I know that Downton Abbey premiered on PBS back in 2011, but at that time I was doing my own “Mr. Molesley career transition” (more on that in a moment) – from radio management to broadcast professor – in addition to moving from New Jersey to Kentucky, I didn’t have a whole lot of time to watch the series. Amazon Prime changed that for me in 2019 when I noticed it had made available the entire six seasons (52-episodes).
Downton Abbey will be coming out as a movie, advancing the story of the Crawley family in September of this year (and Sue & I can’t wait). The cast, the script and the characters are truly addicting on so many levels.
Technology Comes to Downton Abbey
The show is set in England from the period of 1912 through 1926. 1912 was the year that the Titanic sank and its sinking plays a role in the future of Downton Abbey. The sinking of the Titanic also set in motion more intense regulation of wireless communication for ships at sea. The Wireless Ship Act of 1910 only required ocean-going ships to carry radio equipment when visiting the United States and only required a single radio operator. That was amended after the Titanic sank in 1912 to include vessels traveling on the Great Lakes in addition to those on the oceans, plus requiring two radio operators with the wireless being manned around the clock.
Downton Abbey’s first toe-dip into the 20th Century would be electricity. In addition to electric lights, the kitchen at Downton would see its first electric toaster and mixer.
Then came the telephone, a sewing machine and refrigerator.
Watching the impact these new technological devices made on the people of Downton and how each accepted the change is one of the endearing elements of the program. Most times we only hear about how technology changed without considering the emotional impact it is having on people’s lives and futures.
It was in Season 5, the year 1924, that Lady Rose convinces the Earl of Grantham to buy a wireless (aka radio) for Downton Abbey. Lady Rose wants it for music and entertainment but convinces her uncle the house needs one because the King of England will be addressing the nation over the airwaves. The Earl decides to at least buy one of these devices so the family and staff could hear the King’s speech, but other than that see little need for a radio.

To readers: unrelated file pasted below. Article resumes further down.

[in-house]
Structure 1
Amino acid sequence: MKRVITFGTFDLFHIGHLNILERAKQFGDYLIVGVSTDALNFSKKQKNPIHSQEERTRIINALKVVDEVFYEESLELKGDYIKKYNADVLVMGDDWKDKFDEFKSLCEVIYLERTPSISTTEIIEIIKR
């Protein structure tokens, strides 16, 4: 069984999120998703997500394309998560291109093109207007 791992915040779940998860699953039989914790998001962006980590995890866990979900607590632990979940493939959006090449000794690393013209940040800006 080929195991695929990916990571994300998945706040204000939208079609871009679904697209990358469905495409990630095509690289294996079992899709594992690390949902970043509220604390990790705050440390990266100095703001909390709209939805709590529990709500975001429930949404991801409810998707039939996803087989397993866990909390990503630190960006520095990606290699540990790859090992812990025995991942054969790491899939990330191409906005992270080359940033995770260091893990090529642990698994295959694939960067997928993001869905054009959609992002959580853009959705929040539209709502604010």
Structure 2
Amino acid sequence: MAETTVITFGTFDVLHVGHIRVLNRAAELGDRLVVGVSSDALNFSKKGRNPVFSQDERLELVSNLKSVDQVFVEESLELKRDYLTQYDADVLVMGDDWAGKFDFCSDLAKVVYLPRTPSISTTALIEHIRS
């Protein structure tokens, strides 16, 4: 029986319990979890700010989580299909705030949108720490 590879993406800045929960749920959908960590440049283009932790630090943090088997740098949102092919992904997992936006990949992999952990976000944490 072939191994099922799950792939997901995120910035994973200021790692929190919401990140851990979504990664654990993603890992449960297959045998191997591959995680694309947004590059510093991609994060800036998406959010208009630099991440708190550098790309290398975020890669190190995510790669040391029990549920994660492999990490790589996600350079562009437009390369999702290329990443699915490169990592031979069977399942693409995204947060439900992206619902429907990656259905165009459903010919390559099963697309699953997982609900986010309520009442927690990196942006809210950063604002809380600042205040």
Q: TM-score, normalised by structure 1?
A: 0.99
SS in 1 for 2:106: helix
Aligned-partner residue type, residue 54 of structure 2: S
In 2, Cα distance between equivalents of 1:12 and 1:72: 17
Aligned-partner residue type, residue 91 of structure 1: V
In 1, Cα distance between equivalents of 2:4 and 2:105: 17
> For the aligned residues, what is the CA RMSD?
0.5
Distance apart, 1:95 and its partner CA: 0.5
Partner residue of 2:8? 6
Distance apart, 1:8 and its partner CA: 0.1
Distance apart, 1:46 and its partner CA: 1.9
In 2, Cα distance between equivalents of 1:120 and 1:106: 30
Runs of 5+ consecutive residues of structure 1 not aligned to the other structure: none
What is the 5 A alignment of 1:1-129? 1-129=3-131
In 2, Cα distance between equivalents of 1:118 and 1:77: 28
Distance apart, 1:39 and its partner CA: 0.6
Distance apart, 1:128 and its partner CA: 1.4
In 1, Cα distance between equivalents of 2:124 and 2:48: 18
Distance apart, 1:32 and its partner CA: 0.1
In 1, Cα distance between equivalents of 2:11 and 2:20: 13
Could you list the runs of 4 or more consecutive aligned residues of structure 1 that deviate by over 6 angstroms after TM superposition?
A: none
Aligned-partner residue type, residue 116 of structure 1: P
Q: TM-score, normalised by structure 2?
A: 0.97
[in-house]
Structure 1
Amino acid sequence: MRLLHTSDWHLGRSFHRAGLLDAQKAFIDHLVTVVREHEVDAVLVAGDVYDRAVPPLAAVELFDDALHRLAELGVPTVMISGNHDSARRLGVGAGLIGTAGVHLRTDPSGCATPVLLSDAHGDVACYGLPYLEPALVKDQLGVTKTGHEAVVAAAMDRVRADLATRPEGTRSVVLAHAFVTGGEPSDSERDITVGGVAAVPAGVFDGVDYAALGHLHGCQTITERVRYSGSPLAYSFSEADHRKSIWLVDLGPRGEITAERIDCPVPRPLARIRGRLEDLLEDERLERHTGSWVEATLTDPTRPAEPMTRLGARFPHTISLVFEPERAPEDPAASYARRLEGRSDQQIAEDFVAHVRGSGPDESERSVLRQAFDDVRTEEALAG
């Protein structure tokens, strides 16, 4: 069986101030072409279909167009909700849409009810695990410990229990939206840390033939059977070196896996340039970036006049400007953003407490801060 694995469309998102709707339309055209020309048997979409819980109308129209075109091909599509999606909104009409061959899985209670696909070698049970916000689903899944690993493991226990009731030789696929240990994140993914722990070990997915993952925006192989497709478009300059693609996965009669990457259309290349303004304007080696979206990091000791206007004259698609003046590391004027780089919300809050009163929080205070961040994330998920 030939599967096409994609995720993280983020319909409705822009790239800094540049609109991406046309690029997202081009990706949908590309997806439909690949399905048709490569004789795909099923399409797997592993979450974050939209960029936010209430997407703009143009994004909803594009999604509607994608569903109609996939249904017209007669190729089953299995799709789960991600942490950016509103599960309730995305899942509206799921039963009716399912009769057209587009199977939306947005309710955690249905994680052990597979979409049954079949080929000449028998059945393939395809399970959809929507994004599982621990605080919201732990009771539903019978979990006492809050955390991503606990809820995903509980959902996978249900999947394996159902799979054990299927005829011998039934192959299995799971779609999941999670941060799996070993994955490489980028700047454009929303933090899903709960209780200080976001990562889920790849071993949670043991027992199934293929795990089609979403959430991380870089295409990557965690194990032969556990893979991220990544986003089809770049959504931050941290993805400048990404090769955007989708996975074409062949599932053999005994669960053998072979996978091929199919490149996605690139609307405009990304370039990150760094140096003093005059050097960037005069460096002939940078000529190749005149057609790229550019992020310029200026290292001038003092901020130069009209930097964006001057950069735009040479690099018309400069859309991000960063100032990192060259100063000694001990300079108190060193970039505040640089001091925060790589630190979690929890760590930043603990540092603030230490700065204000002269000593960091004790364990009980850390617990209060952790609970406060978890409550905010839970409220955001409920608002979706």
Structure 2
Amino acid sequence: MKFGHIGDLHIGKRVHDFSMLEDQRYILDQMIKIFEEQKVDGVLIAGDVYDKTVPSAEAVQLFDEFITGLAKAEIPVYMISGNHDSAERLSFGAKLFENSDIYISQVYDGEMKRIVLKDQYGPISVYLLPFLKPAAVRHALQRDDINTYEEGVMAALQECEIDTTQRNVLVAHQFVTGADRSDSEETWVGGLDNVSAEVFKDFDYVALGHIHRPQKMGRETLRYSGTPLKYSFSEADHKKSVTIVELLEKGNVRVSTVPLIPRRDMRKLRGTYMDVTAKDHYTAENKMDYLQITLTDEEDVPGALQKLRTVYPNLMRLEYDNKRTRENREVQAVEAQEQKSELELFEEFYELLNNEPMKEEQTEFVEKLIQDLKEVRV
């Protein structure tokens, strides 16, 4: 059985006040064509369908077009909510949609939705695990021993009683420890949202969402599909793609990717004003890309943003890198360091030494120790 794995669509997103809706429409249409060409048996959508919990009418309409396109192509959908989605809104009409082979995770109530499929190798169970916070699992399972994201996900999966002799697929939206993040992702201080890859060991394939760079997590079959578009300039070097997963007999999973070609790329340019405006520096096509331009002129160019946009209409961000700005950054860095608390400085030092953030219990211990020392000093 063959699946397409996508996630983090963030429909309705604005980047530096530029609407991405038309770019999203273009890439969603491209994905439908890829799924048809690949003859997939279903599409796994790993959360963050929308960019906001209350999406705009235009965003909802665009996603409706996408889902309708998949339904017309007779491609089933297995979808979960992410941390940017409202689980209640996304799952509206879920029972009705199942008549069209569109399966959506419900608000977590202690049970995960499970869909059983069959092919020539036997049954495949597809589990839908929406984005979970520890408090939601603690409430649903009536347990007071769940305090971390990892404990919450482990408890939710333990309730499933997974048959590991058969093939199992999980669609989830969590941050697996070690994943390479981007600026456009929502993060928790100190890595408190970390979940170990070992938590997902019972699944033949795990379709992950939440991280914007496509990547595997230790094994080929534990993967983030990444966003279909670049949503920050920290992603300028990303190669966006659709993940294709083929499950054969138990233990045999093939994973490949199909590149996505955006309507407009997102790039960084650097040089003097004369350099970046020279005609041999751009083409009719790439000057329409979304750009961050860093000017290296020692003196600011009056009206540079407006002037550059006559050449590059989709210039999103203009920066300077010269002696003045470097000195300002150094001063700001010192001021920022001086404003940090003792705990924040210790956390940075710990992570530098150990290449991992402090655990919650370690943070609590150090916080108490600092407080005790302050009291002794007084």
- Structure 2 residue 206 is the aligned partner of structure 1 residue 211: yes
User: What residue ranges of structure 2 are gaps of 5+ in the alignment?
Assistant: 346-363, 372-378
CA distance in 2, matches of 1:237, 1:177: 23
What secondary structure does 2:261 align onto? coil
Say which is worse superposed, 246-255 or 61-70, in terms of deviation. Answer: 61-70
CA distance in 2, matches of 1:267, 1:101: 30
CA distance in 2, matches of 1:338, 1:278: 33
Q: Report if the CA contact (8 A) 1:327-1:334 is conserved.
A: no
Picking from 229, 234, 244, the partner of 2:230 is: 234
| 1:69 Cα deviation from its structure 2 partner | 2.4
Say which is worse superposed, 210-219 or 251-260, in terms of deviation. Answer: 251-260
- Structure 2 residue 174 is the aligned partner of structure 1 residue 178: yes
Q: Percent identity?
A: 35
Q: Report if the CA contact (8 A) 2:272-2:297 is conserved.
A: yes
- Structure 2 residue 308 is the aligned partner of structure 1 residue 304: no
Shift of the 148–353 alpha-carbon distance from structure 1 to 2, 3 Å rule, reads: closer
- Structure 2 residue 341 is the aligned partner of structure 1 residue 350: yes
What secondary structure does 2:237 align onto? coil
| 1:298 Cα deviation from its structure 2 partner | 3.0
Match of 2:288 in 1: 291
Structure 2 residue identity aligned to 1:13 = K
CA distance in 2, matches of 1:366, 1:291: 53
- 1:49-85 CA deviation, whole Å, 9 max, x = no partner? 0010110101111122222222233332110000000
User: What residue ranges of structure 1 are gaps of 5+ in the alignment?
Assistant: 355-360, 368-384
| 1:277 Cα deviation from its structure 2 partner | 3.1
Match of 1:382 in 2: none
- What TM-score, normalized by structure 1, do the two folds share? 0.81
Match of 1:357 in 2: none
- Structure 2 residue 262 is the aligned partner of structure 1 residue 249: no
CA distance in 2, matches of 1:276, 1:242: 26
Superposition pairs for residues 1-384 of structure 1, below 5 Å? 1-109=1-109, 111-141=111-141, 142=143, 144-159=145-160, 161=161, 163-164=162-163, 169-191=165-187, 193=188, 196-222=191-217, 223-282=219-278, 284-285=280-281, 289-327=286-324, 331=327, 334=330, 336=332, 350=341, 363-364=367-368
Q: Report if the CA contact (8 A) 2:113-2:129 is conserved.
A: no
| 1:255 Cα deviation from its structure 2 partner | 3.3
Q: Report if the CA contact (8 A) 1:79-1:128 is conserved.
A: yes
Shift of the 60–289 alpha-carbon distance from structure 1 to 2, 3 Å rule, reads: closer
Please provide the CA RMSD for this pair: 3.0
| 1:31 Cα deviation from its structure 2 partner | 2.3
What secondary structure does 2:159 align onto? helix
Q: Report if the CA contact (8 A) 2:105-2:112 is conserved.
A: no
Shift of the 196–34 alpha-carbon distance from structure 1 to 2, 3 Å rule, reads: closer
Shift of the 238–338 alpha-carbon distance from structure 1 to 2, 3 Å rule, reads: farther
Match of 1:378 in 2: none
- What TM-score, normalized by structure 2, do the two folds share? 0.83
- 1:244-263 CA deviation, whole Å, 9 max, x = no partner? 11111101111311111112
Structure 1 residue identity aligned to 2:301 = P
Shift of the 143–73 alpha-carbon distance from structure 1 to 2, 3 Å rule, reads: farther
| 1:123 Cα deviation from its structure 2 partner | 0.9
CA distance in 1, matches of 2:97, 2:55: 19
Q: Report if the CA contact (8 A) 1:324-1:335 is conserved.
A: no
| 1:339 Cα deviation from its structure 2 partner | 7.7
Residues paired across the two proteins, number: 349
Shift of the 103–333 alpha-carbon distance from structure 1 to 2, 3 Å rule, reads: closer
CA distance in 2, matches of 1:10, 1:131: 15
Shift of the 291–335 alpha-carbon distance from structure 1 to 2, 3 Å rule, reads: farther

The scene could not be more amazing, seeing everyone gathered around the awkward looking device in the great hall, much as many Americans do for a Super Bowl, waiting to hear the King. When he comes on, the family all stands at attention, in much the same way they would if they were in his presence to hear him speak.
When the address is over, the Earl of Grantham has the radio moved to another location in the castle that is out of the way.
Once again, the various members of the family and staff are shown emotionally reacting to this new form of media technology.
Technology’s Impact on the People of Downton Abbey
Contemporary problems with technology that affects people today, can be seen in a whole new way by witnessing its first impacts back in the days of Downton Abbey.
New technology, like the car, were replacing the need for horses. Stable caretakers and carriage men were yesterday, car mechanics and chauffers were the future.
These new labor saving devices now meant that it would take less staff to accomplish the work needed to be done. (I’m sure you can come up with many of your own examples of similar disruption at the places you’ve worked.)
The burden of having to pay back the huge debts for England’s part in the First World War fell more upon the shoulders and bank accounts of the rich. Lack of able bodied men created demand and so their pay rose dramatically as competition for their labor increased.
The higher taxes being levied by Parliament combined with those higher labor costs caused the grand estates to downsize their staff while trying to survive and servants were encouraged to seek other employment.
We see through the people at Downton Abbey how acquiring new skills assured new employment opportunities.
Getting back to Mr. Moseley, he’s a fine example of what I mean and how we are similar. The downsizing he encountered saw him go from a trained butler to a second footman to a laborer in the streets. He saw his working life as a series of steps down and not one that was advancing in stature and pay. But Mr. Moseley loved learning and once dreamed of being a teacher. An encounter with the local headmaster of the town’s school led Moseley to taking a series of exams which proved him to be an exceptional scholar and he was then awarded a teaching position with the school. Moseley’s life was now moving in a direction he only previously dreamed about.
Adapting to Change
The Downton Abbey series is something every person working in radio should watch. It has so many parallels to the disruptions that are going on in the broadcasting industry today, how they impact people emotionally, and how to deal with change.
We all like to wax romantically about a simpler time in history, when life moved at a slower more relaxed pace. Downton Abbey is an eye-opener to tell us that there never was such a time. Every moment has its challenges. Those who can rise to the challenge, succeed. Those who can’t or won’t, are put out to pasture.